Indeed, he was paying so much attention to the tutoring session, that he very nearly didn't notice young Ambrosius Flume chasing after him. Ambrosius Flume, the young gentleman who was apparently always in a hurry and who would (allegedly) become owner of Honeydukes one day, was yelling his name with great gusto from the other end of the hallway Tom had just moved down.
Tom froze in his tracks at the sound, a part of him dearly wishing to yank the little twerp up into the air using the spell described in those Potter novels, and leaving him hanging there for eternity. Just to teach him some manners. Instead, he turned slowly around and regarded the mousy little pipsqueak politely.
"You called?" he said sarcastically as Flume sprinted towards him, panting from the effort.
He skidded to a halt beside Tom, looking decidedly worse for wear. "Pro-pr-" Ambrosius exhaled sharply. "Professor Slughorn would like to know if you…" he coughed mid-sentence. It sounded quite painful. "If you have anyone you would like invited to his Christmas Party this year?" he asked at last.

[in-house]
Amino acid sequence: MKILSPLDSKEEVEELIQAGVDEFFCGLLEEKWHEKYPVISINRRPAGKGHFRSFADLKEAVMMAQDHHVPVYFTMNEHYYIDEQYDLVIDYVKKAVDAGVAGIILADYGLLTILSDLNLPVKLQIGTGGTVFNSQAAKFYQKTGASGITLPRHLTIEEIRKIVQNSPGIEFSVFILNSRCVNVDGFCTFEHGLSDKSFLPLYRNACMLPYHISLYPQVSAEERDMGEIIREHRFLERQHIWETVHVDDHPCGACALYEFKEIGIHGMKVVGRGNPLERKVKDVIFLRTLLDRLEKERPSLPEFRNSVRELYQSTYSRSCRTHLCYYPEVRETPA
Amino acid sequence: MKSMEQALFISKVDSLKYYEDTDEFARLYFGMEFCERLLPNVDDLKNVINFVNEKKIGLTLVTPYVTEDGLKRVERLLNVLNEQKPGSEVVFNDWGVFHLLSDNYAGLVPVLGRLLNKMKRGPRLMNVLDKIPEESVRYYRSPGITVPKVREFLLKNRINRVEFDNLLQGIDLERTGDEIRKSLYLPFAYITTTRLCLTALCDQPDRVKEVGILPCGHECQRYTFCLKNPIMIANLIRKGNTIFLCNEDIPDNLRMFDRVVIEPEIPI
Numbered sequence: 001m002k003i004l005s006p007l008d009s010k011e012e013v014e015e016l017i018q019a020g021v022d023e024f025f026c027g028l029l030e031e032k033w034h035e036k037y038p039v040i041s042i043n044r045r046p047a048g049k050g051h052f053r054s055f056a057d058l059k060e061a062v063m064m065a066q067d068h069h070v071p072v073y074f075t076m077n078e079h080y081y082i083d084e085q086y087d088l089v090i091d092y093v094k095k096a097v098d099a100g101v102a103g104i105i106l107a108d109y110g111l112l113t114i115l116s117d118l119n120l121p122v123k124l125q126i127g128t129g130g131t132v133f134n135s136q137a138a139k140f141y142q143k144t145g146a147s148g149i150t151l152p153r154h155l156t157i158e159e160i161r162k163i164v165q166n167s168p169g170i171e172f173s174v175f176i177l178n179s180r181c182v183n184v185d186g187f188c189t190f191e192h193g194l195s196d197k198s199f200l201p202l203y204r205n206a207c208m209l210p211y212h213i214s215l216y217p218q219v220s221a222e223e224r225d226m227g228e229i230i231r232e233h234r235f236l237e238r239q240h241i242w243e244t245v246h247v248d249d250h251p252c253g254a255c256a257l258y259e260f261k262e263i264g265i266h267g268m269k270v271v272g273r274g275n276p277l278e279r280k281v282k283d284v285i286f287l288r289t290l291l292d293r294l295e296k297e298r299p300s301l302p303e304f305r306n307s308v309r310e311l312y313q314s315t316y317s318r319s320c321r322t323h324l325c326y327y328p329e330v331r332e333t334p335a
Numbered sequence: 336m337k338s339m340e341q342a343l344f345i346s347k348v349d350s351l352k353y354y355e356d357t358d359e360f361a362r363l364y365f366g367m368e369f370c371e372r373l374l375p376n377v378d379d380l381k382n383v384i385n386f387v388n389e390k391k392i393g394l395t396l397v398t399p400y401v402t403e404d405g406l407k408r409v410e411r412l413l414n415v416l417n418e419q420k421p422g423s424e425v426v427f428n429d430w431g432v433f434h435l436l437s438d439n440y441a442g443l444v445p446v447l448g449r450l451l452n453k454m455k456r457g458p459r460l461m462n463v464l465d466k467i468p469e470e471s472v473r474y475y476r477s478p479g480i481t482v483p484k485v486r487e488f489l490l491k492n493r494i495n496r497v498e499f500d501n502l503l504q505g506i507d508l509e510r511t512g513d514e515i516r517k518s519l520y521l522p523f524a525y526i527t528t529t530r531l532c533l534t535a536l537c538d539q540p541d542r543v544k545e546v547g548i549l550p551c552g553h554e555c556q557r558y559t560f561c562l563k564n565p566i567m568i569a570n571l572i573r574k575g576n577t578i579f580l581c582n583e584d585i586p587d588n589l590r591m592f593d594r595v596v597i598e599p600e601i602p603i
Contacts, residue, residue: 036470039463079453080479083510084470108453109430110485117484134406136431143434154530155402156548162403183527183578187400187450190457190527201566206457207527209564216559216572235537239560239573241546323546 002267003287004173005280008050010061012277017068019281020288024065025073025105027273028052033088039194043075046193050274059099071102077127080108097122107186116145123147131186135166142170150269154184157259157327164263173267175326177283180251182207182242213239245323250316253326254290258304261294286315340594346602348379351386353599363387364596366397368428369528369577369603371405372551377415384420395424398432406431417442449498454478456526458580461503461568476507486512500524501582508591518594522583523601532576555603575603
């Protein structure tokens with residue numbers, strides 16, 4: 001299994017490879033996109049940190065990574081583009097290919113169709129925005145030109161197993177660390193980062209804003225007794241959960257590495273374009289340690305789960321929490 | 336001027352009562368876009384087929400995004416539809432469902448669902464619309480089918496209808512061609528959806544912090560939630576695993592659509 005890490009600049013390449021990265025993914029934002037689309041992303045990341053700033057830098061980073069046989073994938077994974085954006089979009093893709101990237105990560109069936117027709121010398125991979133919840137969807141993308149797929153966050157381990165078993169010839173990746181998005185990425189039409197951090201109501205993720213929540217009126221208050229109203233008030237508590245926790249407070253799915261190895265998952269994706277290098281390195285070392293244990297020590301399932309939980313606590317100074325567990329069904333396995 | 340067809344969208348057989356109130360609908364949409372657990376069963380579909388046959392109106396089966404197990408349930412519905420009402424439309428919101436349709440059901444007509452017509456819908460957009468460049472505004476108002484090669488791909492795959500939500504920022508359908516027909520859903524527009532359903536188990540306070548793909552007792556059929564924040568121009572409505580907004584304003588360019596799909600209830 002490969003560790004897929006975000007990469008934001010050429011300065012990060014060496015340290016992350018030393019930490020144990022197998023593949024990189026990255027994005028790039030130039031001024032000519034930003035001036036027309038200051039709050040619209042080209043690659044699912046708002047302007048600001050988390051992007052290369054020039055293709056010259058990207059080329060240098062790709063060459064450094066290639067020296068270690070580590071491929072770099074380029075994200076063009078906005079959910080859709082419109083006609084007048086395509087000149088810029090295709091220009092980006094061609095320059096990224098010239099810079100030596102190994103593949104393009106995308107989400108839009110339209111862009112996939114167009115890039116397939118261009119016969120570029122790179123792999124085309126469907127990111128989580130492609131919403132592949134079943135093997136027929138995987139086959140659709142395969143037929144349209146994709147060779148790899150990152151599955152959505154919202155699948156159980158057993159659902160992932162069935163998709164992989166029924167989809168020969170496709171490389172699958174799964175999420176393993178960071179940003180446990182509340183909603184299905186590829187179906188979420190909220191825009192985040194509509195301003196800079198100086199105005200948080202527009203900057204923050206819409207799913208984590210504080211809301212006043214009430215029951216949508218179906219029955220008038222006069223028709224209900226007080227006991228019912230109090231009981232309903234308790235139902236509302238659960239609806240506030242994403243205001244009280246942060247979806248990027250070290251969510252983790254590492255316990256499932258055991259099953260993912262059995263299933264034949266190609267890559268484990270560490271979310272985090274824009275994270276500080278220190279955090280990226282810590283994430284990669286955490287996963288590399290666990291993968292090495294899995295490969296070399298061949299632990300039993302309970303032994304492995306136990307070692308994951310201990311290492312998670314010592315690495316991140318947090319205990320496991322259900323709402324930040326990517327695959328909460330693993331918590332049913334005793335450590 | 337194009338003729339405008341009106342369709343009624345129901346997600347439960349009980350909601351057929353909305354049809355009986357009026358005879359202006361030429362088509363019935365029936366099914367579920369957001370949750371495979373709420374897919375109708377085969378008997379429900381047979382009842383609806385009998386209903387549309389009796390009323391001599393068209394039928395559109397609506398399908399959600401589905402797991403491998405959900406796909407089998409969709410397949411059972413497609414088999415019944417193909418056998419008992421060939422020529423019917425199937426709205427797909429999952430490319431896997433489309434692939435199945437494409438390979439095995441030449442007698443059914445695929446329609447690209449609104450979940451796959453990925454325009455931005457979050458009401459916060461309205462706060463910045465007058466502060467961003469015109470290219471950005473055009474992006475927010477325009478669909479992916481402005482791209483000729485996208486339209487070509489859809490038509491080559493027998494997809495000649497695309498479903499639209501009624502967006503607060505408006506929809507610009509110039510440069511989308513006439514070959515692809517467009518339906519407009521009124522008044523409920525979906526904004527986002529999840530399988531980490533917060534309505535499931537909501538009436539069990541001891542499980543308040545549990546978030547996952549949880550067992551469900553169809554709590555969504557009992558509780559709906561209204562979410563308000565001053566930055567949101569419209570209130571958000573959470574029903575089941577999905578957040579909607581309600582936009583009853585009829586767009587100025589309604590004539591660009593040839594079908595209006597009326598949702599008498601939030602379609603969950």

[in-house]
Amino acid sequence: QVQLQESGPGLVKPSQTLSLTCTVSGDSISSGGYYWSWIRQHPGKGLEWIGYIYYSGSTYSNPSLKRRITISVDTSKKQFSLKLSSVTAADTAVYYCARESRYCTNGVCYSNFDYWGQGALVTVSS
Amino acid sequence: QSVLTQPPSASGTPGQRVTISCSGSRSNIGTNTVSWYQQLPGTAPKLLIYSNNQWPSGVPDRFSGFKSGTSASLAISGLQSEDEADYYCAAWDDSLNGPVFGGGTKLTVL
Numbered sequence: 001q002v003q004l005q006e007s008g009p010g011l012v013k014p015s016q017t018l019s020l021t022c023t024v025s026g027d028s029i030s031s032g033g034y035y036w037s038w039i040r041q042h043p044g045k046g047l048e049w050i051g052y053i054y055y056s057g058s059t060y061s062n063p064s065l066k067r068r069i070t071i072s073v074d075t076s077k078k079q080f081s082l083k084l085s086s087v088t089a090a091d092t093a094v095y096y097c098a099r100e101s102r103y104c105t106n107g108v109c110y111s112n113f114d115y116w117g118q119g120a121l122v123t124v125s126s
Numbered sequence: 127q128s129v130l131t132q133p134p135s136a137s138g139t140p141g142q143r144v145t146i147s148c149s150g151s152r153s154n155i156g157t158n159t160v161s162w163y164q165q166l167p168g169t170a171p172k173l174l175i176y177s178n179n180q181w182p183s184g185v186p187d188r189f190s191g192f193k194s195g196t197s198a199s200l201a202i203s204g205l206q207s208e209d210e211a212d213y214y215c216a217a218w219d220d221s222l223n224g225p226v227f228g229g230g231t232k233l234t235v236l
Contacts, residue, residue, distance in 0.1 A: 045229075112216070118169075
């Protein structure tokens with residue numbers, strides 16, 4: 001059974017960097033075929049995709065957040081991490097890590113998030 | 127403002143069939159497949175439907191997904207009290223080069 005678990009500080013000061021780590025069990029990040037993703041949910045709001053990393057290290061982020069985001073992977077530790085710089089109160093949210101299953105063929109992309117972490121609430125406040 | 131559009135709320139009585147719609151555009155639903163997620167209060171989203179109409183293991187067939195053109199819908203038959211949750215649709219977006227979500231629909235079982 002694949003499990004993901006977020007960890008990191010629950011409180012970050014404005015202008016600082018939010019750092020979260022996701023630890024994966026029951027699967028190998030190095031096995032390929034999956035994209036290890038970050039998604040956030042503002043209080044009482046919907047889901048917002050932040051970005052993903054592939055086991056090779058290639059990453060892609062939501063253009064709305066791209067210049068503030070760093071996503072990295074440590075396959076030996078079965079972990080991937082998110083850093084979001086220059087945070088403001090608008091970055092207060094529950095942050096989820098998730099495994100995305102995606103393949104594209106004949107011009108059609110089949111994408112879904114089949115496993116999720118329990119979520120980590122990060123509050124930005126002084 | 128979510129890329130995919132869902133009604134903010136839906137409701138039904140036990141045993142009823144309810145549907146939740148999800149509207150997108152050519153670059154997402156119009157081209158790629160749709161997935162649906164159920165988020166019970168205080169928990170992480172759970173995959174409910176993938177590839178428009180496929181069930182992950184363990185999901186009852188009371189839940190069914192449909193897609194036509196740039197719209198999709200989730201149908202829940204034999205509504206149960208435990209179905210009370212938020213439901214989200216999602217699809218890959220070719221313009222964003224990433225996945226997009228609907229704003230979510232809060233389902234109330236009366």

Tom raised his eyebrows. "What on Earth are you drivelling about?" he sighed.
Flume seemed to be recovering slightly. He was, at the very least, sucking in air by that point. Tom supposed that was a sign of improvement. "Professor Slughorn said that he'd been-" Another few gasps for breath. "He'd been talking to Professor Dumbledore, and was under the impression that there might be 'a certain someone' you'd like to invite to the Christmas Party this year."